FFA hopeful on flare restrictions in NSW

Football Federation Australia (FFA) is hopeful the NSW Government will adopt legislation to make it harder to buy flares and light them at A-League matches, following a string of violent displays in last weekend’s Sydney derby.

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FFA chief executive David Gallop said he’s had promising discussions with government representatives about implementing restrictions like those on spray paint, where the buyer’s name is entered into a system and a serial number matched to the flare so they can be tracked.

The restrictions would also make it illegal for minors to purchase them or for adults to supply them to under-18s.

Gallop said the concept would be another step towards putting a stop to incidents that are becoming a regular occurrence in the high-intensity fixtures between Sydney FC and the Western Sydney Wanderers.

“We have written to the governments in NSW and Victoria and requested that there be more regulation around the purchase of flares,” he said.

“Graffiti spray can paint is under a legislative system now where you need to register to buy it, and we would certainly like to see that kind of thing brought in with marine flares.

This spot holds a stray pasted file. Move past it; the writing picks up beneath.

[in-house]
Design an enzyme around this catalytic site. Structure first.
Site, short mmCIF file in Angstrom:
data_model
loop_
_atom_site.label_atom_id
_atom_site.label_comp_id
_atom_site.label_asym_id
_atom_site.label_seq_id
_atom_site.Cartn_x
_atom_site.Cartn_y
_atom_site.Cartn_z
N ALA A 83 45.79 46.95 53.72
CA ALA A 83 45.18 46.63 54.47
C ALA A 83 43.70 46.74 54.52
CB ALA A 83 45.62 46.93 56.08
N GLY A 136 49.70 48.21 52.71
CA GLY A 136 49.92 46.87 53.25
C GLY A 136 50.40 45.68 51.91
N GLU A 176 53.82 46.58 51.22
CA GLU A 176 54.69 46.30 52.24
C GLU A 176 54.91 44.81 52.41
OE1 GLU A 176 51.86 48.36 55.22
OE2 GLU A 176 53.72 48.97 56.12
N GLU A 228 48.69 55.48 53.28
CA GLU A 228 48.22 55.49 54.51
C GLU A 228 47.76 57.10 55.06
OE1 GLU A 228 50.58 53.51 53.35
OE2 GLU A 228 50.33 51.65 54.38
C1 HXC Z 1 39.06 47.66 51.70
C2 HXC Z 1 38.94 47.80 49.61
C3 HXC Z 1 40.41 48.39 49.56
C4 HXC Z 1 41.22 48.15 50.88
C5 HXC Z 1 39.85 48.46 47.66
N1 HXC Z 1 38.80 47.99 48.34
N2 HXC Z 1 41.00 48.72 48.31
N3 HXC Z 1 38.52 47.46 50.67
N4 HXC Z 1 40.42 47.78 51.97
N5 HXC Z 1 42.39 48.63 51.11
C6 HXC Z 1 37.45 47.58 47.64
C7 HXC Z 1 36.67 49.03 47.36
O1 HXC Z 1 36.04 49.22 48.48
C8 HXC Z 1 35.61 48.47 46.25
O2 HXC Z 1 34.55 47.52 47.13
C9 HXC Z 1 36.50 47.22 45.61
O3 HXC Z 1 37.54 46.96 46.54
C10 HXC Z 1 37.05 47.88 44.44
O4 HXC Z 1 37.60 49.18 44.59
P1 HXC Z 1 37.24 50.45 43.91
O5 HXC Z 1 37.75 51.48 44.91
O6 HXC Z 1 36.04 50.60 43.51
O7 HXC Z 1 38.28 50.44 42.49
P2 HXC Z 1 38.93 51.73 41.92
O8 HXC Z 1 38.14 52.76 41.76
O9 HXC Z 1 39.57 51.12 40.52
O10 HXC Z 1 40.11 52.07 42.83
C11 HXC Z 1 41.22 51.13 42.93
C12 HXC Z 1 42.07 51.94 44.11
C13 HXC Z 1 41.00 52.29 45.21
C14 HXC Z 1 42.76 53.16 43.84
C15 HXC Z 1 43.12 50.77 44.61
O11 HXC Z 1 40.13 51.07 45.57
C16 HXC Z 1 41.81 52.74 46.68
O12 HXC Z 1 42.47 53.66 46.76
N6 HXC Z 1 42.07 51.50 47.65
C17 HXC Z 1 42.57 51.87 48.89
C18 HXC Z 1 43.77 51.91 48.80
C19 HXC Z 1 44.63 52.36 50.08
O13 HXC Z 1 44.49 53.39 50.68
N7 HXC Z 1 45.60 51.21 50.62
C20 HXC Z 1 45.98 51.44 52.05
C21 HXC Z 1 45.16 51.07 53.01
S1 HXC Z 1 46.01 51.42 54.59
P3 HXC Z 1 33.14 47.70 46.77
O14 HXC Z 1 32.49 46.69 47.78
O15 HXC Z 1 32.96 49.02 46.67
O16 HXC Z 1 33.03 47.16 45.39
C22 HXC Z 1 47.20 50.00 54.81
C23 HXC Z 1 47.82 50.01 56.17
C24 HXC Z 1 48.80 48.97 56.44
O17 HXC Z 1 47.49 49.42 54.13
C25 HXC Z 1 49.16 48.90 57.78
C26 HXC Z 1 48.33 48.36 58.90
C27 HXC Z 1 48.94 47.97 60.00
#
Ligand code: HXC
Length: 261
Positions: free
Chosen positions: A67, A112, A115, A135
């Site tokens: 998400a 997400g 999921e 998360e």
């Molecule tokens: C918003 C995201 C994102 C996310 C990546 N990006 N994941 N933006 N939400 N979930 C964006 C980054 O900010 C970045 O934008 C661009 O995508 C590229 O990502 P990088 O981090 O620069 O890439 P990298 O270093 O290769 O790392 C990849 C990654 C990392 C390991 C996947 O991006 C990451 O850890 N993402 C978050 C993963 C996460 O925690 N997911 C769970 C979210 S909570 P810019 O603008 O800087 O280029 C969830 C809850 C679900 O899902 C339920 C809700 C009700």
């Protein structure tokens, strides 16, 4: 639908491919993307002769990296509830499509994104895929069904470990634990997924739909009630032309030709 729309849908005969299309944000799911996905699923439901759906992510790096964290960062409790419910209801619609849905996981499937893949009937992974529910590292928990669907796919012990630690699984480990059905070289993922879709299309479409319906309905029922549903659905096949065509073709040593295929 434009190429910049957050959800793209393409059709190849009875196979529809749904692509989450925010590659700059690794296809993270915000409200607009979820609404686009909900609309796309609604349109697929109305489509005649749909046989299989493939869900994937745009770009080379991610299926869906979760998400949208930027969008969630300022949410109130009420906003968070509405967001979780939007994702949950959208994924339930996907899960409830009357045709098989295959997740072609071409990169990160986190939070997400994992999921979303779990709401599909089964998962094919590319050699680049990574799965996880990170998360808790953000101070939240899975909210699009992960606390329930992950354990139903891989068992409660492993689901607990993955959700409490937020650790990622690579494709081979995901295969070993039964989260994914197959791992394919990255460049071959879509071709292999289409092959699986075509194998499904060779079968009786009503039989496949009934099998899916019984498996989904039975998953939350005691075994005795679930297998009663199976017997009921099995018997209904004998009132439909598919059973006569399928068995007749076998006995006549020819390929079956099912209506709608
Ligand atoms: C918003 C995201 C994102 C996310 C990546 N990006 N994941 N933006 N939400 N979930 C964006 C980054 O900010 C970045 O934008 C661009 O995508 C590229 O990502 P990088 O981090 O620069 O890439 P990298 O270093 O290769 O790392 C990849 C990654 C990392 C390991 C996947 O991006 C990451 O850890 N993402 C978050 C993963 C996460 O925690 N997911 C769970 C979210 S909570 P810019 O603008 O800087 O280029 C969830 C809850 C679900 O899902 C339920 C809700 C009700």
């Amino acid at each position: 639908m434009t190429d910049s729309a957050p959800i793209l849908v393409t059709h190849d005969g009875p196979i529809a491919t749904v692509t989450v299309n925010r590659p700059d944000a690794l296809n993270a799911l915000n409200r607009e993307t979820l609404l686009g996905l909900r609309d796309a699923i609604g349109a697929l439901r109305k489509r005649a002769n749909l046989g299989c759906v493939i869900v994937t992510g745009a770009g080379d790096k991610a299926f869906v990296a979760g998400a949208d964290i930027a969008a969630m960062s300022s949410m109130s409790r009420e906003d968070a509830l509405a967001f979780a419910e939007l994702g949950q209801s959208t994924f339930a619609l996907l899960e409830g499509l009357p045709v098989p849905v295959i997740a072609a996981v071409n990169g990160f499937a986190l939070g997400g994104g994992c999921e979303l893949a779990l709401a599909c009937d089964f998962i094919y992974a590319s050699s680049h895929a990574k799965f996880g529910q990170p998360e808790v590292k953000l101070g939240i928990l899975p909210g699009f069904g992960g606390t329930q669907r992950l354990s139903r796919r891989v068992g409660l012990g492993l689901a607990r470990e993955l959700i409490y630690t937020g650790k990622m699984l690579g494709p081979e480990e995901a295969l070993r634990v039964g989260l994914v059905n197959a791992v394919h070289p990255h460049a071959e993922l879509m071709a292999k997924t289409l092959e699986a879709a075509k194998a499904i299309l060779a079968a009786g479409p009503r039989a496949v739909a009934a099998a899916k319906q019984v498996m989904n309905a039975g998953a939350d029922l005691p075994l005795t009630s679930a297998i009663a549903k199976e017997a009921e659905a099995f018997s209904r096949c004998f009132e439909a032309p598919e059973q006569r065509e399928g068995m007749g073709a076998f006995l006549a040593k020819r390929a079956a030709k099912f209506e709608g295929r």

“At the moment it’s too easy to buy a marine flare and use it for the wrong purposes.

“Those that I’ve spoken to in the government like the idea, so I’m hopeful. It’s obviously not an easy process to get legislation enacted, but I’m hopeful that will be one measure that they do adopt.”

A number of flares were smuggled in and lit on Saturday night at Allianz Stadium, where a brawl involving more than 60 people was among a string of violent incidents.

Police used capsicum spray to break up the fight between Sky Blues and Wanderers fan, while three people were charged during the night that saw smoke bombs set off and bottles thrown.

The Wanderers have long denounced any sort of violence along with the use of flares amid the Red and Black Bloc (RBB) supporters group.

“It’s difficult to hold clubs necessarily liable for flares,” Gallop said.

“There are security measures in place to try to stop flares coming into ground.”